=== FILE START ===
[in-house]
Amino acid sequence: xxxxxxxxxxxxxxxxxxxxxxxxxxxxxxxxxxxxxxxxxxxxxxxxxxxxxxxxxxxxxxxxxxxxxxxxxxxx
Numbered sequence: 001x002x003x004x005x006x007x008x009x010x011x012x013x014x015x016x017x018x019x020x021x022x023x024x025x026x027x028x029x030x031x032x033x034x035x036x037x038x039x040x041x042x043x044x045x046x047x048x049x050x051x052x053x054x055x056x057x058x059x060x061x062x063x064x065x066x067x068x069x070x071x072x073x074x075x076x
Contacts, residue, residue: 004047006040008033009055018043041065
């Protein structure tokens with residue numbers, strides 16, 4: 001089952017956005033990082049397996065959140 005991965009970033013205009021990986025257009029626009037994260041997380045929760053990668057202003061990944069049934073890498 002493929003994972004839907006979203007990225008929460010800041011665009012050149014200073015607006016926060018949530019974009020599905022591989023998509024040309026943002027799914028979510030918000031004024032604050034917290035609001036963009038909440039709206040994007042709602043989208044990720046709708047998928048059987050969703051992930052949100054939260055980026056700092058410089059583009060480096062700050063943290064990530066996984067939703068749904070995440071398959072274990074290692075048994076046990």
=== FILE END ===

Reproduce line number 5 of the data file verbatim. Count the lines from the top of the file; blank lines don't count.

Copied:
């Protein structure tokens with residue numbers, strides 16, 4: 001089952017956005033990082049397996065959140 005991965009970033013205009021990986025257009029626009037994260041997380045929760053990668057202003061990944069049934073890498 002493929003994972004839907006979203007990225008929460010800041011665009012050149014200073015607006016926060018949530019974009020599905022591989023998509024040309026943002027799914028979510030918000031004024032604050034917290035609001036963009038909440039709206040994007042709602043989208044990720046709708047998928048059987050969703051992930052949100054939260055980026056700092058410089059583009060480096062700050063943290064990530066996984067939703068749904070995440071398959072274990074290692075048994076046990």